• After buying drugs online, they receive deliveries that involve unusual packages
  • Having prescription medications or pills around that do not belong to any members of the family

Preventing Online Purchases:

What teens may not realize is that the chances of getting caught buying drugs online are high. There are government programs in place to detect illegal drug activity online. Teens should learn about internet safety either at school or from their parents. There are many different tips and strategies that parents can employ to prevent online drug purchases and other dangerous items.

  • Communicate: How can parents effectively talk to their teens about drugs? Learning how to effectively communicate with teens is one of the most important ways to prevent them from making online drug purchases. Having an open and honest conversation about the risks associated with purchasing drugs is the first step. Since a parent or guardian is often the first person who may recognize signs of teen drug use or overdose, it is important to have these conversations immediately. If teens know that their parent or guardian is there for them, they may be more willing to open up.
  • Check the search history: One of the first things a parent or guardian can do to prevent and monitor any purchases online is to check their teen’s search history frequently. Are they searching online for information on how to buy drugs or visiting websites that seem suspicious? If so, it may be necessary to discuss these potentially dangerous searches with teens.
  • Restrict internet access: Restricting internet access to only websites that the parent or guardian is familiar with or can monitor can allow parents more control over what their teens see online. Parental internet-blocking software can be used to restrict teen internet activity. There are limitations to using these software programs as teens may still have access to their smartphones or their friends’ phones and computers.
  • Intercept deliveries: By checking the search history and recognizing behaviors that are out of the norm for their teen, it may be possible for parents and guardians to intercept deliveries before their teen receives them. This may provide some sort of proof that their teen is buying drugs online. Sometimes teenagers will send drugs to an alternate address to avoid being caught. Thus, parents must not automatically assume that their child is guilty, but must objectively look at all the facts.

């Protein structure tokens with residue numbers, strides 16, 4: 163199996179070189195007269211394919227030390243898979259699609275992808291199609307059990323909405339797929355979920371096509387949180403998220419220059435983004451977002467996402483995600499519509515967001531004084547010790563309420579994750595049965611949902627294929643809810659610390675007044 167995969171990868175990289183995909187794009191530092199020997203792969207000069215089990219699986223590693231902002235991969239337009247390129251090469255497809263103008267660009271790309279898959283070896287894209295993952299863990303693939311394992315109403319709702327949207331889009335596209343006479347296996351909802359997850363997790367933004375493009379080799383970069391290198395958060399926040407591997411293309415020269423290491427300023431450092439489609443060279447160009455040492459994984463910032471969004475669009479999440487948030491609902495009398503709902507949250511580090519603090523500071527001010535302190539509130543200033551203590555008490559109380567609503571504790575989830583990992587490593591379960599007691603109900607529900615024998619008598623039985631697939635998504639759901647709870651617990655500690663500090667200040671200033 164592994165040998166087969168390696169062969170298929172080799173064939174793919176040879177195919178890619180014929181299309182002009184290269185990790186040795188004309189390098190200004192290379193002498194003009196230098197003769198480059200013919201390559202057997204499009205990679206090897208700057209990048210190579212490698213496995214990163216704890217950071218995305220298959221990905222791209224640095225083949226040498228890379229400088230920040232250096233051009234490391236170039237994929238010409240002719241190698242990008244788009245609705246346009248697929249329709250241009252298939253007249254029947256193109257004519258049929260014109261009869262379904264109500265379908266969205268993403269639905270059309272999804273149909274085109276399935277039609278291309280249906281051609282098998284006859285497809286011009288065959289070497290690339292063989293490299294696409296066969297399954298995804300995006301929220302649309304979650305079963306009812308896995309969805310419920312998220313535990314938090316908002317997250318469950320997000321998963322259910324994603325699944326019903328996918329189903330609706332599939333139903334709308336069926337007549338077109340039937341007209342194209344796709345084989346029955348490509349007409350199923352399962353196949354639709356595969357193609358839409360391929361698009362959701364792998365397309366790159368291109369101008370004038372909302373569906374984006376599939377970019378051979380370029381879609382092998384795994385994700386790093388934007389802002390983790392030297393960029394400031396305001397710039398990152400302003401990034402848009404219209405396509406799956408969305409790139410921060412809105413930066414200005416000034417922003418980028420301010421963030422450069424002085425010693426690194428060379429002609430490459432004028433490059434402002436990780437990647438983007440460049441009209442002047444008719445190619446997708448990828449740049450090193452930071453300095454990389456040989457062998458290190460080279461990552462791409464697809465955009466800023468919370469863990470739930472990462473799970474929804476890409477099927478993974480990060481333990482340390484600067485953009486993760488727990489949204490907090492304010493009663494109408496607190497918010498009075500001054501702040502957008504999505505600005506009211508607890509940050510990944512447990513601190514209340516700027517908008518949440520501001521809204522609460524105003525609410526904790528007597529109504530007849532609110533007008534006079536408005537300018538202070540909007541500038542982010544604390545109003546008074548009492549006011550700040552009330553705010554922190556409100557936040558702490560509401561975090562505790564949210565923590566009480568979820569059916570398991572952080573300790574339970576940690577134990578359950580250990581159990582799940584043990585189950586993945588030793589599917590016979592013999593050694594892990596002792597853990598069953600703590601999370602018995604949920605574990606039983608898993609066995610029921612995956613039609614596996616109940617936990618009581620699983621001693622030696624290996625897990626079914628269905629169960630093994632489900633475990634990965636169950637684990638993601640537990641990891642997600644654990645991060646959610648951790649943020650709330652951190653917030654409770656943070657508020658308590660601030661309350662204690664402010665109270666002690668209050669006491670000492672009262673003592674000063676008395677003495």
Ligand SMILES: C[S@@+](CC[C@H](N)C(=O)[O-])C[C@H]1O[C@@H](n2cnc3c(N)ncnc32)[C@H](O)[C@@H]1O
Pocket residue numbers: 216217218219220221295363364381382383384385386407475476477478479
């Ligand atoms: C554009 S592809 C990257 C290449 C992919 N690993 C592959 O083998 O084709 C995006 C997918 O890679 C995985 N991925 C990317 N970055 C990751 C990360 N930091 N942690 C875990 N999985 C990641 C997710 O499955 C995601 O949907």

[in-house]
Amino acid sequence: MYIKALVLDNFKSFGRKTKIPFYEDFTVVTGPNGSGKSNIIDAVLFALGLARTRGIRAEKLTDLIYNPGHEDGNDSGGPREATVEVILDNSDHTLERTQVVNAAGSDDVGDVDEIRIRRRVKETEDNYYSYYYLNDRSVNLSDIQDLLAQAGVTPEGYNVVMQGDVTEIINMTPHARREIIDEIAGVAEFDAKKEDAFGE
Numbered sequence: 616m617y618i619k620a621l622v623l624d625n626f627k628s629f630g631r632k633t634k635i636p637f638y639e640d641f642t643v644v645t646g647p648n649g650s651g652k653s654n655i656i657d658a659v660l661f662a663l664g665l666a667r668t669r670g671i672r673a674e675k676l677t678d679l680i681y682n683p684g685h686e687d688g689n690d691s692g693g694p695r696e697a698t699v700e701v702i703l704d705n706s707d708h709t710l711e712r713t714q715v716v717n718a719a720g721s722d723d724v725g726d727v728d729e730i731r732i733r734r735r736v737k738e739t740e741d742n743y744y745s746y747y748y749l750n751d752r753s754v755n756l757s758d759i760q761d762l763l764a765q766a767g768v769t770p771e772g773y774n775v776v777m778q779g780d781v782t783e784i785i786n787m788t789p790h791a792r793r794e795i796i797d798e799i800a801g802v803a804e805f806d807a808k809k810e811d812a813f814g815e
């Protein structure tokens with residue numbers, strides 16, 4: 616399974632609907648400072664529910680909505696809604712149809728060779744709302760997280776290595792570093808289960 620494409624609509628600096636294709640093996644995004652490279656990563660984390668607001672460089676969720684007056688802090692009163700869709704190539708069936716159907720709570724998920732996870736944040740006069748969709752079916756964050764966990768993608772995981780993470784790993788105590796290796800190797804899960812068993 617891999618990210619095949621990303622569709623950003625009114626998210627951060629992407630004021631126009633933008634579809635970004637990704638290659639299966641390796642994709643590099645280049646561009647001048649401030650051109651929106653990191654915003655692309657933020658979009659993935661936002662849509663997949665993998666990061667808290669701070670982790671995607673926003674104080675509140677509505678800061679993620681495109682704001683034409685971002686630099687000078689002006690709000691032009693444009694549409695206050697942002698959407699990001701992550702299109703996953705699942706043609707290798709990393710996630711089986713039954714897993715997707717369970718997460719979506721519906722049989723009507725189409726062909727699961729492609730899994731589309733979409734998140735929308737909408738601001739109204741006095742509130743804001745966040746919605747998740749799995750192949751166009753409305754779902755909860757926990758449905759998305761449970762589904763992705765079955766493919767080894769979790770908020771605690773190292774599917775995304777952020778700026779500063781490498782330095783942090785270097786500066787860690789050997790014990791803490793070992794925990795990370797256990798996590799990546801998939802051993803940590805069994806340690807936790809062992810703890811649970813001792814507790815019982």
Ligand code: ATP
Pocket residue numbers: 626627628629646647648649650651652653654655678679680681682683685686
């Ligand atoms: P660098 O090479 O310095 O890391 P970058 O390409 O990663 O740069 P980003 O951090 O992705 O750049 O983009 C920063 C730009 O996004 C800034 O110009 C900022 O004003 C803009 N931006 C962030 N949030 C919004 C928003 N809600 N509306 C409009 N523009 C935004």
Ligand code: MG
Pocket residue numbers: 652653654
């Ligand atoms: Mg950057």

• Monitor finances: It is also vital to monitor finances if a parent suspects their teen may be purchasing drugs online. In normal circumstances, teens often have limited sources of income. Checking for any unusual deposits, withdrawals or charges to monthly credit and debit card statements can help parents identify suspicious financial activity.

When It’s Time to Get Help

If you notice signs of secretive behavior in your teen, it may be time to seek professional help. Fortunately, there are many avenues in which parents and teens can acquire resources about teen drug abuse. If a compromise is reached concerning drug addiction treatment, teen drug rehab is a great option. There are many different drug rehab centers for teens.

If your teen is struggling with drug addiction and purchases drugs online, Next Generation Village can help. Located in Sebring, Florida, Next Generation Village offers programs designed specifically for teens. To learn more about our treatment programs, call today to speak with a representative.

Medical Disclaimer: Next Generation Village aims to improve the quality of life for people struggling with a substance use or mental health disorder with fact-based content about the nature of behavioral health conditions, treatment options and their related outcomes. We publish material that is researched, cited, edited and reviewed by licensed medical professionals. The information we provide is not intended to be a substitute for professional medical advice, diagnosis or treatment. It should not be used in place of the advice of your physician or other qualified healthcare provider.